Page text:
Apr 16, 2009 rated it it was ok  ·  review of another edition
Recommended to Paula Koneazny by: Jean Baudrillard
Shelves: french, plays
Ubu roi is first and foremost a piece of theater and thus is better seen in performance than read. I first heard of this play during a lecture by Jean Baudrillard at Columbia back in 2005. Baudrillard claimed to be a pataphysician, a "philosophy" that he traced back to Alfred Jarry's Ubu roi. I don't claim to even now have a firm grasp of exactly what pataphysics "means" (neither Baudrillard nor Ubu roi were (are) particularly illuminating on the subject) other than that it purports to be the ...more
Jan 14, 2014 rated it liked it
Comical. Vulgar. Absurdist. A few adjectives which come to mind to describe this play. Pere Ubu, the main character, is cowardly, lazy, despicable, comical, a tyrant, a bloodthirsty murderer, greedy, idiotic, a liar, manipulative. He reminds me of a particular politician currently running for the oval office. A particular Mr. Trump or at least the Trump persona. As politics goes this election season, the tale of this oaf could not be more relevant. It is as hyperbolic as any satirical piece but ...more
May 03, 2016 rated it liked it
Shelves: drama
Perhaps this plays well, but as a text is it pretty disjointed. There's not much in the way of plot; the action and characters seem designed more to violate and subvert expectations of action and character, and to be shocking (the first word is a slightly-misspelled "shit," quite shocking in 1896, and there's a lot of other deliberately transgressive stuff--by 1896 standards, anyway, though hardly by 2016 ones), than to do anything else. It's aggressively unrealistic, proto-absurdism, I guess, ...more
Sep 15, 2007 rated it liked it
Pere Ubu kills two characters with a toilette brush! Theatre can't get any better than that! All I knew about this play was as a resource from my readings on Brecht and that the 1896 audience caused an uproar when it premiered.

The play is not dated or has aged poorly. Any person living under the rule of a confused, generally stupid, grotesque and/or power-hungry leader can relate to this in some way.

The drawings done by Franciszka Themerson years later may give the reader an idea what viewing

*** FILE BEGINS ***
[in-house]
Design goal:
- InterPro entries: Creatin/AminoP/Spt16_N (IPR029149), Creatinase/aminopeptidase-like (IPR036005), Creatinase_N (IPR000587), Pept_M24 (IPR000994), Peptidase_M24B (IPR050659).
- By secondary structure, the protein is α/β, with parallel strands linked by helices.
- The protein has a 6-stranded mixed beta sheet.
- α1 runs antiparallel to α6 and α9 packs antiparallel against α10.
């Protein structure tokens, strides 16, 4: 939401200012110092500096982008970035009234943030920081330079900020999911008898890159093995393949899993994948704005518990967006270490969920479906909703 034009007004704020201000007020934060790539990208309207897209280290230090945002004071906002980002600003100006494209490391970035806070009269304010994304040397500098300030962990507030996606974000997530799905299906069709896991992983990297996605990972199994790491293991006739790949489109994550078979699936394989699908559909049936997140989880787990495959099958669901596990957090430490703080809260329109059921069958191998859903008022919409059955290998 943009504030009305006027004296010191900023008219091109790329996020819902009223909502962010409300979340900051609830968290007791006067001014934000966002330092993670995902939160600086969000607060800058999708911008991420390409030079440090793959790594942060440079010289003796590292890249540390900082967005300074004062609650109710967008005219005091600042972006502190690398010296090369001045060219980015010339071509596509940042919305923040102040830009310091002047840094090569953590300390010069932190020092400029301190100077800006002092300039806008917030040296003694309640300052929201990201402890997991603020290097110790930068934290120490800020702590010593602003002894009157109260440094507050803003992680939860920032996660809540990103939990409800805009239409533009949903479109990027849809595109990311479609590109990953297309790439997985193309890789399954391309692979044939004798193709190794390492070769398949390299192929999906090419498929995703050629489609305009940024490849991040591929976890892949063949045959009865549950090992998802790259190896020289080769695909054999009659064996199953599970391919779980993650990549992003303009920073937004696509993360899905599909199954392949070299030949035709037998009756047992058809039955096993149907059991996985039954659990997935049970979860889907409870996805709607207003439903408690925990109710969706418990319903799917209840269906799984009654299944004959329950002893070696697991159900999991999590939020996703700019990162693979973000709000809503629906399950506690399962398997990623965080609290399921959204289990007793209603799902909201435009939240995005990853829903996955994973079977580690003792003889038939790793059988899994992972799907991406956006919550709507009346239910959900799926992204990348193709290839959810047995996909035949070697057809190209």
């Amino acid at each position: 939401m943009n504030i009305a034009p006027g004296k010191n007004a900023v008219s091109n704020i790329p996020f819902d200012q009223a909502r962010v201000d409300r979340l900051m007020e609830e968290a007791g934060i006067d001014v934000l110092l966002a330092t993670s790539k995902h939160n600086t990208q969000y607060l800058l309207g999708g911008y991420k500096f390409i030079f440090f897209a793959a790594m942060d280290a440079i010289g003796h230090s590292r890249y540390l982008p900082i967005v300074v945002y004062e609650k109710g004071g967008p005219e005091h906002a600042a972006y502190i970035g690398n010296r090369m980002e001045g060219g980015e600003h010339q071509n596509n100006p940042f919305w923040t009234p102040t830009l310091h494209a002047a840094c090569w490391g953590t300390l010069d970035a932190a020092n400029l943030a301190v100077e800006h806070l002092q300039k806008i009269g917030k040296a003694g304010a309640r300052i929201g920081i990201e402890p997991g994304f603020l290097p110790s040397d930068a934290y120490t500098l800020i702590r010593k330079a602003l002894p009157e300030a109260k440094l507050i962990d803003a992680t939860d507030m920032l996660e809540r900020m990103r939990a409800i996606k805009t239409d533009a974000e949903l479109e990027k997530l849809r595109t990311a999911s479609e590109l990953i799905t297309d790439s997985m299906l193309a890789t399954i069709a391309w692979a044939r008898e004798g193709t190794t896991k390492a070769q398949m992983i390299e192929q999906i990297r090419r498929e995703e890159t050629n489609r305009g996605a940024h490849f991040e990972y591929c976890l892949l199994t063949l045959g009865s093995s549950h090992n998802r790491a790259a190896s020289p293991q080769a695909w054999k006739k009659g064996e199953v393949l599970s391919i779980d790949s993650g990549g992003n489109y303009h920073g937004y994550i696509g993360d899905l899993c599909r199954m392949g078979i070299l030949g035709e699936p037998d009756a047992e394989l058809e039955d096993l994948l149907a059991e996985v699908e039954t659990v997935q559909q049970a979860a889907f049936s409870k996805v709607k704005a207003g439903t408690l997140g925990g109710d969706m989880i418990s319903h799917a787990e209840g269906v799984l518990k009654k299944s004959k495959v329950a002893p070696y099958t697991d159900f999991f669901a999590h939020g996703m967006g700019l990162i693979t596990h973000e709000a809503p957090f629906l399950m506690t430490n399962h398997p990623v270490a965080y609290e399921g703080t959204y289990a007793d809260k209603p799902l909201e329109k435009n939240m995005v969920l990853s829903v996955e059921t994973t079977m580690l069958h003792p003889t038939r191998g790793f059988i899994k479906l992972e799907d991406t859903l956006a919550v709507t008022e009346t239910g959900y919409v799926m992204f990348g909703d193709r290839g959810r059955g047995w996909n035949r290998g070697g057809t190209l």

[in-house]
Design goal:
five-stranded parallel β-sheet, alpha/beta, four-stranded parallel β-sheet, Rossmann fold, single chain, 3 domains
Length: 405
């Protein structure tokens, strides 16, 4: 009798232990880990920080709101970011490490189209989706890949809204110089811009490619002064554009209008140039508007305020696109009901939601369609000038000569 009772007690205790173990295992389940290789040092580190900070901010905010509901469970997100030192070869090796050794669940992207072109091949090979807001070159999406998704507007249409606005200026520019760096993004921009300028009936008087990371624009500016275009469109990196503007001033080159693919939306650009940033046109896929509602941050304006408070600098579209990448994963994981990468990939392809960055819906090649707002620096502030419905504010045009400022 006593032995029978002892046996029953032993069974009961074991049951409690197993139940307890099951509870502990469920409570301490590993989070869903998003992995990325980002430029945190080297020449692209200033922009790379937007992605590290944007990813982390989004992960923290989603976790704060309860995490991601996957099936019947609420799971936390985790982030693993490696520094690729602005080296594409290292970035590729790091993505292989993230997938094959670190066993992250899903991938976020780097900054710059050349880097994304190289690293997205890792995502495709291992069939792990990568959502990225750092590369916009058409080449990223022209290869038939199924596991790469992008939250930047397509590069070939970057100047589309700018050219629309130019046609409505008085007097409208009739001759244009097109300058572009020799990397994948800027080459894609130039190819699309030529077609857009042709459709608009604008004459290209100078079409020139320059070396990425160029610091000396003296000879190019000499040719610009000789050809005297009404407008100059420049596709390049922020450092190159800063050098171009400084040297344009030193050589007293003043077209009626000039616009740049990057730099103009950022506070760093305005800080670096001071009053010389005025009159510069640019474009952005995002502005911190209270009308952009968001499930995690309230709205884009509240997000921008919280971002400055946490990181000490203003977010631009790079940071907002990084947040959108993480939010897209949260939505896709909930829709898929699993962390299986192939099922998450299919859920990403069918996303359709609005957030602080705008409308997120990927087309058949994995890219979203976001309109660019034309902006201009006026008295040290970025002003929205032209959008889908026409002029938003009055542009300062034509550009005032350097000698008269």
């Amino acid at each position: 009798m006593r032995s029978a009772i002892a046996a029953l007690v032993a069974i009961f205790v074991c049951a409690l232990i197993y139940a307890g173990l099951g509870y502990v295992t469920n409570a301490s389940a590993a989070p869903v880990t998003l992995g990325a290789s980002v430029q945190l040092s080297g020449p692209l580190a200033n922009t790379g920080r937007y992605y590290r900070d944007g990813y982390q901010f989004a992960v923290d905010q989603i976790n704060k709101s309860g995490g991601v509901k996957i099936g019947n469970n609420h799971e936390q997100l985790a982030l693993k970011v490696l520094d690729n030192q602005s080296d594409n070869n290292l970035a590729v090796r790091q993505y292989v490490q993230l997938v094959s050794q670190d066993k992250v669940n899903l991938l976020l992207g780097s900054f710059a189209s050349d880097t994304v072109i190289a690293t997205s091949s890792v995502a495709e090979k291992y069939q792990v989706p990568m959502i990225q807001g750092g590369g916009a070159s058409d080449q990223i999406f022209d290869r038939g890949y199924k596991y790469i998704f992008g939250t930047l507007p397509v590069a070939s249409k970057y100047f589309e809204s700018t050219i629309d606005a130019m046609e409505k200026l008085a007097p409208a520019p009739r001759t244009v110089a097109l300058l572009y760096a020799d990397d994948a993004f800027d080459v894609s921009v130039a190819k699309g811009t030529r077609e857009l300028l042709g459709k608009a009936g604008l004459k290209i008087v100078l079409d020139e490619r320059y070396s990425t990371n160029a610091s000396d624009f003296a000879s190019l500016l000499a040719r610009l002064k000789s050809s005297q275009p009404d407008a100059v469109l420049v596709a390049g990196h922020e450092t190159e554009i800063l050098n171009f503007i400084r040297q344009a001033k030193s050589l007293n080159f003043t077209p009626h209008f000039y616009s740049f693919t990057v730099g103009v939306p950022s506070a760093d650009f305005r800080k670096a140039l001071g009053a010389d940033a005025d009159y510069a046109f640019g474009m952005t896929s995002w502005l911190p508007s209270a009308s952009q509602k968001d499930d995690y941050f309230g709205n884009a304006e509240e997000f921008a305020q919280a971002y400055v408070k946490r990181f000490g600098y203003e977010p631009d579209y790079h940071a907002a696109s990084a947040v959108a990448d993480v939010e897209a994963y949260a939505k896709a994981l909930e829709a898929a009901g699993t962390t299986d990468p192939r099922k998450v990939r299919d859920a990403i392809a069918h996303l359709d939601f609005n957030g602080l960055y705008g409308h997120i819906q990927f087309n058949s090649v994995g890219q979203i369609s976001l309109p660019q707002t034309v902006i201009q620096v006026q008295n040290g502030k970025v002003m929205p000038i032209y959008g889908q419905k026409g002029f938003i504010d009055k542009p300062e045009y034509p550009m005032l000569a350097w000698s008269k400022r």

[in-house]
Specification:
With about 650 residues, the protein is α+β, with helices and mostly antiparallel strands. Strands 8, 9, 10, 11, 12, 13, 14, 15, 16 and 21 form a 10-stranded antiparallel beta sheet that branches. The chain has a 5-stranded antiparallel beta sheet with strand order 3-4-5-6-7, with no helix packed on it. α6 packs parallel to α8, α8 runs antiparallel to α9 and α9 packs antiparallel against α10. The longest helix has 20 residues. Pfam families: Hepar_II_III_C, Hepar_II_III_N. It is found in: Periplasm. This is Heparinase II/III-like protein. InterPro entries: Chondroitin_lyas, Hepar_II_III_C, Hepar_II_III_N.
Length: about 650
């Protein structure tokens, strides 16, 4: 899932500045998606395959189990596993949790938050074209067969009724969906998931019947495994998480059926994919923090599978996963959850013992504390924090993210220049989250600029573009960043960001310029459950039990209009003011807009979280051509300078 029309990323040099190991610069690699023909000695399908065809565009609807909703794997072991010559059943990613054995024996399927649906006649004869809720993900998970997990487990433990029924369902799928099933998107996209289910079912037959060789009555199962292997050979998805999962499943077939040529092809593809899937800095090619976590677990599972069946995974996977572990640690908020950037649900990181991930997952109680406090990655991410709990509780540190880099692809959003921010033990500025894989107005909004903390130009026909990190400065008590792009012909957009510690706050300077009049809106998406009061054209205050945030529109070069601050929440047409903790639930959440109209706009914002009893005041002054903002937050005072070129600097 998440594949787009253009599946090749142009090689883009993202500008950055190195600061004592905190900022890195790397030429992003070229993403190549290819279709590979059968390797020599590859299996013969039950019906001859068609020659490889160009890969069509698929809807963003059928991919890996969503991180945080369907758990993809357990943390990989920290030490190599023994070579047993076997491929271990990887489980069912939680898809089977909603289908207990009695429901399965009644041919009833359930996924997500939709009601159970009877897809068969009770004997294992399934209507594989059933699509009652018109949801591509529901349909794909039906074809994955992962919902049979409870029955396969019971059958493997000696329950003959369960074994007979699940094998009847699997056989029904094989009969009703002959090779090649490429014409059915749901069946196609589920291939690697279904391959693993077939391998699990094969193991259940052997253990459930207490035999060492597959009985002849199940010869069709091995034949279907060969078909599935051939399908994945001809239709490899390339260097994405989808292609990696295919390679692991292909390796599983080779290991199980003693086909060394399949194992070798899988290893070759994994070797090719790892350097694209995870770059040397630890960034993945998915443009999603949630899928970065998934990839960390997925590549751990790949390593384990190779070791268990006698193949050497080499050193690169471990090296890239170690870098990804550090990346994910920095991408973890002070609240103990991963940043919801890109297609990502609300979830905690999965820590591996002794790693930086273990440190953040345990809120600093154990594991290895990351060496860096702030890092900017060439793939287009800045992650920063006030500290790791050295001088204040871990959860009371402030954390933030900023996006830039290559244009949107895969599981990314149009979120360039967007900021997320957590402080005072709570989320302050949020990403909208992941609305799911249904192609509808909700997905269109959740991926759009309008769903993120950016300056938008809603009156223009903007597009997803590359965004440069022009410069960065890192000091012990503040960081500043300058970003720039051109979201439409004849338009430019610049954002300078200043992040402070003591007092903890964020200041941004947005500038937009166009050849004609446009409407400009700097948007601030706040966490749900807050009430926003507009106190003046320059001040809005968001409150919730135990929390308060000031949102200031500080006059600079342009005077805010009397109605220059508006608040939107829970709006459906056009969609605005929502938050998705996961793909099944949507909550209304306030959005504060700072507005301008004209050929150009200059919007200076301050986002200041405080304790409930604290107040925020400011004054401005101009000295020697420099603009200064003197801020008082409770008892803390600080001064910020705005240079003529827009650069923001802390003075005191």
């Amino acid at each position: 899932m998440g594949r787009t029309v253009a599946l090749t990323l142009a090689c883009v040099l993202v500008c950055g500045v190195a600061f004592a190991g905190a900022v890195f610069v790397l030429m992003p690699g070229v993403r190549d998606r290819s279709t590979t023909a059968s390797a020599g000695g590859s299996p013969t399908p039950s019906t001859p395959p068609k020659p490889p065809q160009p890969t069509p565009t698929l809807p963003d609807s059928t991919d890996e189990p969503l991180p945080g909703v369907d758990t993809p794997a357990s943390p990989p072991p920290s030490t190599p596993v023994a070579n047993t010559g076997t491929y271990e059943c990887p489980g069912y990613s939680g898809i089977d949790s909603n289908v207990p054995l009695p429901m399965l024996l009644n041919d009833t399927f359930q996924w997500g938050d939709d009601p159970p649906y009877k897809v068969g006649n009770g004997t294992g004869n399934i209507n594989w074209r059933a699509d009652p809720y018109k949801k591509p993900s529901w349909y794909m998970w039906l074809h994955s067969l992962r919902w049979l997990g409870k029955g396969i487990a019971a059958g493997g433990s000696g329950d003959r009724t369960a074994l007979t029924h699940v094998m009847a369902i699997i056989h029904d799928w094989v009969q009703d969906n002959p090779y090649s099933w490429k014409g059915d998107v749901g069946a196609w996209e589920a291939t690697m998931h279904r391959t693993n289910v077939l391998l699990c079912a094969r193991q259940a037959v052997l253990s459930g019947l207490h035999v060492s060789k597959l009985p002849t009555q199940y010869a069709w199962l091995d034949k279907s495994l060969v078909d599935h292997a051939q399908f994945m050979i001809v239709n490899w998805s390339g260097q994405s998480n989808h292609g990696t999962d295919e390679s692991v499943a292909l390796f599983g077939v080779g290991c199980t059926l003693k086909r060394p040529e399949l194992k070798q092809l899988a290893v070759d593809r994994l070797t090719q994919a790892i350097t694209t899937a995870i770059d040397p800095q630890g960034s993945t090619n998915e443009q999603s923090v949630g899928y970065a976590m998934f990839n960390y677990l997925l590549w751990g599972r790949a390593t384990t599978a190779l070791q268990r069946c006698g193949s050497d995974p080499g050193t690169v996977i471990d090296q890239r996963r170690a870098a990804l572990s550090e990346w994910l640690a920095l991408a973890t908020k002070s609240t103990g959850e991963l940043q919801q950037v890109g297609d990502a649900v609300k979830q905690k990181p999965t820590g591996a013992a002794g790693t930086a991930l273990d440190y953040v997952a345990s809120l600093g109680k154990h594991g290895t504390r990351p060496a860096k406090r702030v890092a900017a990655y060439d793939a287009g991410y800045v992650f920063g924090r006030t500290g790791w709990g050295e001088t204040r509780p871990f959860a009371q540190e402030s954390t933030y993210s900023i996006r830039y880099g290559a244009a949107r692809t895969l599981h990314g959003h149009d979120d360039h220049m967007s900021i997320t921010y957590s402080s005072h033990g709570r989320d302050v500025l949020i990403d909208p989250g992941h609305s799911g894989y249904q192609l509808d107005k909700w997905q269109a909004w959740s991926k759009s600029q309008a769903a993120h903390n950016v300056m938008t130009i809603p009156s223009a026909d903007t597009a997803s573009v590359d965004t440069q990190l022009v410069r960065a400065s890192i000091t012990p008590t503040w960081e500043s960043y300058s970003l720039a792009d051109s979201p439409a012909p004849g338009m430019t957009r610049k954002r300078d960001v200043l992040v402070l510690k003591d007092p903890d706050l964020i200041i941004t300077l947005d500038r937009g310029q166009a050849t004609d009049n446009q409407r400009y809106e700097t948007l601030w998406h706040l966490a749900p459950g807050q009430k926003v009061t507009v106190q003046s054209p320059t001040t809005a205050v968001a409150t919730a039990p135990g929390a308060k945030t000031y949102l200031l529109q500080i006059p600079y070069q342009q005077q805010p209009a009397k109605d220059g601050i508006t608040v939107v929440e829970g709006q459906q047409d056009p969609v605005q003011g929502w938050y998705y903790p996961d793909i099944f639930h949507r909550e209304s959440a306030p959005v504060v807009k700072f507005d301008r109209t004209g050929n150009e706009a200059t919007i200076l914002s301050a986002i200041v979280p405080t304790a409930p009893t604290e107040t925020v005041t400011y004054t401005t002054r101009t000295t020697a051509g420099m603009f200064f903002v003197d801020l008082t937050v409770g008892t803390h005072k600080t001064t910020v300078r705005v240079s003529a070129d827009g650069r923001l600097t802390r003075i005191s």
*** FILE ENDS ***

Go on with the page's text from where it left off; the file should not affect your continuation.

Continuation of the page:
Dec 06, 2014 rated it it was amazing
Shelves: french-lit
What a grotesque character is King Ubu. He isn't dumb, he is just a coward, brutish, grotesque, pathetic... The adjectives aren't enough to define Ubu's person. It is this very character who develops such ridiculous situations like the murder of a king just because the lands aren't enough as an appreciation of his potential.

Another unique character is the queen Ubu, who tries to balance her husband's moods, and aims to have a say about his decisions and actions. King Ubu shows the core human
Jun 14, 2013 rated it did not like it

Picked it up as it keeps popping up in references relating to herald of the Avant-Guard...

It is junk. It's "purposeful" crude writing, childish adaptation of classic themes, and "structured" lack of structure... can also be found in the writing of uninspired teenagers all over.

My only plus out of this ordeal is that I now have an obscure reference to throw out and impress people... not because I want to impress people... but because the proponents of the movement that support this book,
Found this interesting, but frankly I expected to be a lot more groundbreaking, a lot more vulgar, and a lot funnier, based on all the hype. A lot can happen in a hundred years, and I can see how it would have ruffled feathers in Paris in 1896. It's kind of entertaining as a crude cartoon, it's got echoes of Macbeth, Hamlet and Richard III, and the themes -- treating the middle class as blustering, greedy oafs -- seem to still resonate today. I would be interesting to see what someone would do ...more
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Alfred Jarry was a French writer born in Laval, Mayenne, France, not far from the border of Brittany; he was of Breton descent on his mother's side.
Best known for his play Ubu Roi (1896), which is often cited as a forerunner to the surrealist theatre of the 1920s and 1930s, Jarry wrote in a variety of genres and styles. He wrote plays, novels, poetry, essays and speculative journalism. His texts